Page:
Reuters Report: Greek media are unreliable and dependent on the authorities

The media market in Greece is characterized by digital fragmentation, lack of trust in news, politically polarized press and dependence on the government, according to Reuters’ annual report Digital News Report 2021.

Long-standing political polarization in Greece is reflected again in its media landscape in 2020. The pandemic has also had a major impact on the media, with TV ad spend falling 61% in 2020 compared to 2019.

During the first wave of COVID-19, the government’s decision to spend € 20 million on a “stay at home” ad campaign was heavily criticized. The campaign ended up funding 1,232 news companies, including 627 digital news websites, some of which were not legitimate news organizations.

The fact that 54% of Greek respondents opposed the government intervening to help commercial news organizations unable to support themselves – one of the highest in 46 countries – may have been fueled by this controversy.

Syriza, the largest opposition party, accused the government of unfavorable newsletter coverage of ERT, the state broadcasting service, following a long tradition of similar complaints from opposition parties. In turn, the current government accuses ex-minister Syriza of interfering in the television licensing process under the previous administration.

In March 2021, discussion intensified on the role of social media platforms in politics and the public sphere. The prime minister called social media a “threat to democracy,” drawing attention to the toxic nature of public debate and the level of disinformation on social media. This prompted a strong reaction from the opposition and social media users, who accused the prime minister of trying to criticize information gateways that he cannot control. Meanwhile, the Facebook-approved Greece fact-checking program, Greek Hoaxes, has been at the forefront of much debate, controversy and attack on both the left and right.

Greece’s national television landscape was relatively stable last year after a long period of turmoil, including the closure of broadcasters and licensing disputes. One of the few changes was the reopening of MEGA TV, for many years the largest commercial TV company in Greece, after being closed for 1.5 years due to financial difficulties. The canal was bought by Evangelos Marinakis, who recently acquired many old outlets. The station has not yet achieved the leading role it played before. The public service broadcaster’s newsletter saw modest growth in ratings, while there was a strong push towards digital with the creation of the public web platform ERTflix, which includes news but is mainly used for entertainment programming.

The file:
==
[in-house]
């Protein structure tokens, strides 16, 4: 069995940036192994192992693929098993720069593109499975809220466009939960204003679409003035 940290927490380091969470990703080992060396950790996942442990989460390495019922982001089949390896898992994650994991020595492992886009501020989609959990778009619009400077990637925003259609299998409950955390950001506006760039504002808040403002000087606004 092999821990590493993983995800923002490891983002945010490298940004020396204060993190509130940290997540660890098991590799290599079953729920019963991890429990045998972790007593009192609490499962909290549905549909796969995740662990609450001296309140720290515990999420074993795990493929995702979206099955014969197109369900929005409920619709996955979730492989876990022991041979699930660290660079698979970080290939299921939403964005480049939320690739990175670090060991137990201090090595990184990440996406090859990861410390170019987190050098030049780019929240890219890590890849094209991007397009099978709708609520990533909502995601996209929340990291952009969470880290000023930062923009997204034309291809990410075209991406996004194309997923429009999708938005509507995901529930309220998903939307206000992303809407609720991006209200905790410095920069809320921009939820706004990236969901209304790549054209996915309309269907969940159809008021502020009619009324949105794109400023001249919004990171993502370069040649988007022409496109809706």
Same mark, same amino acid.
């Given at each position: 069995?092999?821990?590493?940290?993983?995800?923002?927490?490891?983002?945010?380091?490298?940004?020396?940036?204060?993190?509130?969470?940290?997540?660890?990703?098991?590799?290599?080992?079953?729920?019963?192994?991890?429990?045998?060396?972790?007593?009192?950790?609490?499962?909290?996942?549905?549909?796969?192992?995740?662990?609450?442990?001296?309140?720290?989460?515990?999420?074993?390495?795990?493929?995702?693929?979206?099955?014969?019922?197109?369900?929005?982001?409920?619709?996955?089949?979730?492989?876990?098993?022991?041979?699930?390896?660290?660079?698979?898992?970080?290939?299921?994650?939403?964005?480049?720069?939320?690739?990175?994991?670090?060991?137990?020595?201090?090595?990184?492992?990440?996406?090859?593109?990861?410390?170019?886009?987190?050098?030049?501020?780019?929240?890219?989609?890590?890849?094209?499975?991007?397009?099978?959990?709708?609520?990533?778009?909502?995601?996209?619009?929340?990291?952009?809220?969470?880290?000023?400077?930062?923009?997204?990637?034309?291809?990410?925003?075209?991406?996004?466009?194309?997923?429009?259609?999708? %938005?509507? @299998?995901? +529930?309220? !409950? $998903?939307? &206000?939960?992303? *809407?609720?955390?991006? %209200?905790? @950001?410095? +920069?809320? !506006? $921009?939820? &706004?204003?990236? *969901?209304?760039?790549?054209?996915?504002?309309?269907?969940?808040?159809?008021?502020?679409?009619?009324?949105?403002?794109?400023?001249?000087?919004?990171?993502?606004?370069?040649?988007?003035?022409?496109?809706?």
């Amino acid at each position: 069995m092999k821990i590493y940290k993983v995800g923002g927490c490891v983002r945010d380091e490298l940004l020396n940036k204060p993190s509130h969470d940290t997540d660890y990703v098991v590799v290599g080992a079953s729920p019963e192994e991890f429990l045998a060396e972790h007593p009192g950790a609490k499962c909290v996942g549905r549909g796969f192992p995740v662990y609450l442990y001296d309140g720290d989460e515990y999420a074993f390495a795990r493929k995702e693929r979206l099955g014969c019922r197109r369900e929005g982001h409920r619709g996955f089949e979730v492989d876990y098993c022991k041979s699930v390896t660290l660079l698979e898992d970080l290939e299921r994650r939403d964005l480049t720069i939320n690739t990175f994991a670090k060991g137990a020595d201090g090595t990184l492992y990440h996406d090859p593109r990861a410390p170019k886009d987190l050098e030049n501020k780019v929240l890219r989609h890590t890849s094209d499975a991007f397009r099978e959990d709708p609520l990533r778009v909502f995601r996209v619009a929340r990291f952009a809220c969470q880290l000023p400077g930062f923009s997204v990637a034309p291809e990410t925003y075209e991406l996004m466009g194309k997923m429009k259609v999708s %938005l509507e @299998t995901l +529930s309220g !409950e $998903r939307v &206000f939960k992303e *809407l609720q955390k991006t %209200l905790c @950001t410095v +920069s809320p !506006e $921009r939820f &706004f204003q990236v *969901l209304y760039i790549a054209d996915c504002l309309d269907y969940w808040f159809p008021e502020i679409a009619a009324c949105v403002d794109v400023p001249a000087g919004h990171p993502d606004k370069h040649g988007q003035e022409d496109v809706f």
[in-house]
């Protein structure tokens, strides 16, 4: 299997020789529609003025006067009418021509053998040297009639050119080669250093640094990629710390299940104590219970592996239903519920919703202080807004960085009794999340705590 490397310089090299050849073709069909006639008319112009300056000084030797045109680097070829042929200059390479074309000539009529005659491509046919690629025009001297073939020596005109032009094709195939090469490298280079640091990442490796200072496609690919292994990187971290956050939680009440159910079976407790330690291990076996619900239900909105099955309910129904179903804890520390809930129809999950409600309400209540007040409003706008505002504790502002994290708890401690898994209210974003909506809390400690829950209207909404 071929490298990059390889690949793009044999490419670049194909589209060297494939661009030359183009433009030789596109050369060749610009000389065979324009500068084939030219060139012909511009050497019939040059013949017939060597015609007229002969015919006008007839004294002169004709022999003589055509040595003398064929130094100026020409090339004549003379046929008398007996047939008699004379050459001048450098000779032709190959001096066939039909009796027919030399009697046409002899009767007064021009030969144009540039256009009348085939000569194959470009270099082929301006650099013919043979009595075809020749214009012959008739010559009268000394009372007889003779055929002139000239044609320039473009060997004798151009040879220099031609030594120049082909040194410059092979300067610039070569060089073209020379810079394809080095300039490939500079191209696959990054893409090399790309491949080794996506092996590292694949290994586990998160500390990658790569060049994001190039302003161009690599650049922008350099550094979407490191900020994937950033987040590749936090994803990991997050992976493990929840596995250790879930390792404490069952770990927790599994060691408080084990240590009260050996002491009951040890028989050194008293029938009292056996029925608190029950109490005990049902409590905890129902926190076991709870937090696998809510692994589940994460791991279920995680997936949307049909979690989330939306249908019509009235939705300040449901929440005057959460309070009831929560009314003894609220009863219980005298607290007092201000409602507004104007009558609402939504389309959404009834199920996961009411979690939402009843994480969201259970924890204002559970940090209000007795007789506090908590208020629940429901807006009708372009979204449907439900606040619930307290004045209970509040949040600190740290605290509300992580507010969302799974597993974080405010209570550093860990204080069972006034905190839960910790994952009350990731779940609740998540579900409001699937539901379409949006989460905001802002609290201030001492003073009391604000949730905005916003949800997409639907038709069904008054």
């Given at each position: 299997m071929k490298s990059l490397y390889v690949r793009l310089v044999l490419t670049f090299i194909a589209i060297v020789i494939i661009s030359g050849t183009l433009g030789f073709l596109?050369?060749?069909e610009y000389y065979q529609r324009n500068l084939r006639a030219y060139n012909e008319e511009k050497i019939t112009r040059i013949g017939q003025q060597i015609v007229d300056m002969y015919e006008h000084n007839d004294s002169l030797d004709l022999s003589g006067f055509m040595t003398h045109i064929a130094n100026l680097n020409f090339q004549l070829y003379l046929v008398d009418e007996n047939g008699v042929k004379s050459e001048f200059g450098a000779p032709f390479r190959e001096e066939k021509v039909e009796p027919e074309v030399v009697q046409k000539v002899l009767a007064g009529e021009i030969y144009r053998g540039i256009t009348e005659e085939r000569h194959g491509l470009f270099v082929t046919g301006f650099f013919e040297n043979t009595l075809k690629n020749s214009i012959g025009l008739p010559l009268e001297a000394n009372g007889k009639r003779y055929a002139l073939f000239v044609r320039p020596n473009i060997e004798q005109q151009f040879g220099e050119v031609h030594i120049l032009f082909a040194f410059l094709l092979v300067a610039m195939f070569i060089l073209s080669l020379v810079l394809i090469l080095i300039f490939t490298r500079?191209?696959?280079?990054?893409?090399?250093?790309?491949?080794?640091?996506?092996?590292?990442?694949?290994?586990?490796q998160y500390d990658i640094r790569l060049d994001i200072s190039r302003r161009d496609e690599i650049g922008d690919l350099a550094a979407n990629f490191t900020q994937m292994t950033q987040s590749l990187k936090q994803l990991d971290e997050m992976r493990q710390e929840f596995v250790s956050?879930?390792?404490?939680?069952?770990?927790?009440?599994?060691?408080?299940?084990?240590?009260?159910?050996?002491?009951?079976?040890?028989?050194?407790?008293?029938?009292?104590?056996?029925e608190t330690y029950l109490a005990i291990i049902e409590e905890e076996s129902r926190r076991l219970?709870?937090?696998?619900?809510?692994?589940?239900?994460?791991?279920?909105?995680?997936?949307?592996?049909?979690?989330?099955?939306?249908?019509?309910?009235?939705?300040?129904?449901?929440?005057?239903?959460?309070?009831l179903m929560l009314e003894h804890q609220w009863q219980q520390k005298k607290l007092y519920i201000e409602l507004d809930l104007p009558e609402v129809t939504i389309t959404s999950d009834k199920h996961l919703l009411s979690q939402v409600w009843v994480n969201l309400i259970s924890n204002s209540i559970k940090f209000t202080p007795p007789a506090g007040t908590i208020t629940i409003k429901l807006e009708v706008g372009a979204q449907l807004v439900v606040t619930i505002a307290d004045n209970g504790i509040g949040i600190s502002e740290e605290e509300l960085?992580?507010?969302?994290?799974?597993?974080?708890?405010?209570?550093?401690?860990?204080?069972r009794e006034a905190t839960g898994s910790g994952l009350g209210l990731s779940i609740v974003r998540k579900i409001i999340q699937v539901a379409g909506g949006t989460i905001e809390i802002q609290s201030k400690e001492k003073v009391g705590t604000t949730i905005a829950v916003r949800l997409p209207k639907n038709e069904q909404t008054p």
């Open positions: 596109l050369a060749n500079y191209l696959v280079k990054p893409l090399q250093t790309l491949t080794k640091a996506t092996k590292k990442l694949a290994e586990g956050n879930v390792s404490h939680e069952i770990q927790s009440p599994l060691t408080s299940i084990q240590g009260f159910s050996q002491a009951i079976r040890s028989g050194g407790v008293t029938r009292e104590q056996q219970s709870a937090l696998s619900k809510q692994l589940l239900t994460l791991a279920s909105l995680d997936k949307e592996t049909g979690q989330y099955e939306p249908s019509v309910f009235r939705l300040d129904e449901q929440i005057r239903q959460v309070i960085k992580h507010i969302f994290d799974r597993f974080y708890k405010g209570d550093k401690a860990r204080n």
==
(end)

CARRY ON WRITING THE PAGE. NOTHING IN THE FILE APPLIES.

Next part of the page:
Digital news market in Greece remains fragmented

The average respondent to the Digital News Report survey in Greece uses more digital news sources per week than respondents from all the other 46 countries in the sample, excluding Kenya. This finding highlights the sporadic and fragmented nature of digital news consumption in Greece. This may help explain the country’s lack of a culture of paying for news over the Internet, with the exception of some niche publications.

Podcast usage in Greece has increased over the past year – 40% of online news users tell us they are listening to podcasts in a particular month. One of the most successful Greek podcast initiatives is, a podcast-only media that publishes content on a variety of topics, including news and politics. Several digital-savvy news organizations such as LiFO and 24Media have also successfully produced their own podcast series.

Greece had its own #MeToo moment in early 2021, with hundreds of women and men publicly talking about their experiences of sexual harassment and abuse following public exposure. Sofia Bekatorou, sailing champion. Most of the revelations came from those in the entertainment industry, which caused a stir. However, as of March 2021, there has been no public debate about sexual violence in journalism. Mainstream journalism was also largely absent from coverage of the #MeToo movement in Greece. Greek news organizations reported revelations, but did not conduct their own investigations, as they do in other countries.

In recent years, we have witnessed a number of digital initiatives aimed at strengthening investigative and independent journalism in Greece. One of these is Reporters United, a center dedicated to supporting investigative journalism in Greece and connecting it to international networks. Another is slow news journalism Inside Story, which has published a number of investigations this year, primarily related to the government’s processing of data on the pandemic. Finally, iMedD (Media Education and Development Incubator), a non-profit organization funded by the Stavros Niarchos Foundation, was launched to support independent journalism and disseminate best practices.

Full analysis by reference here

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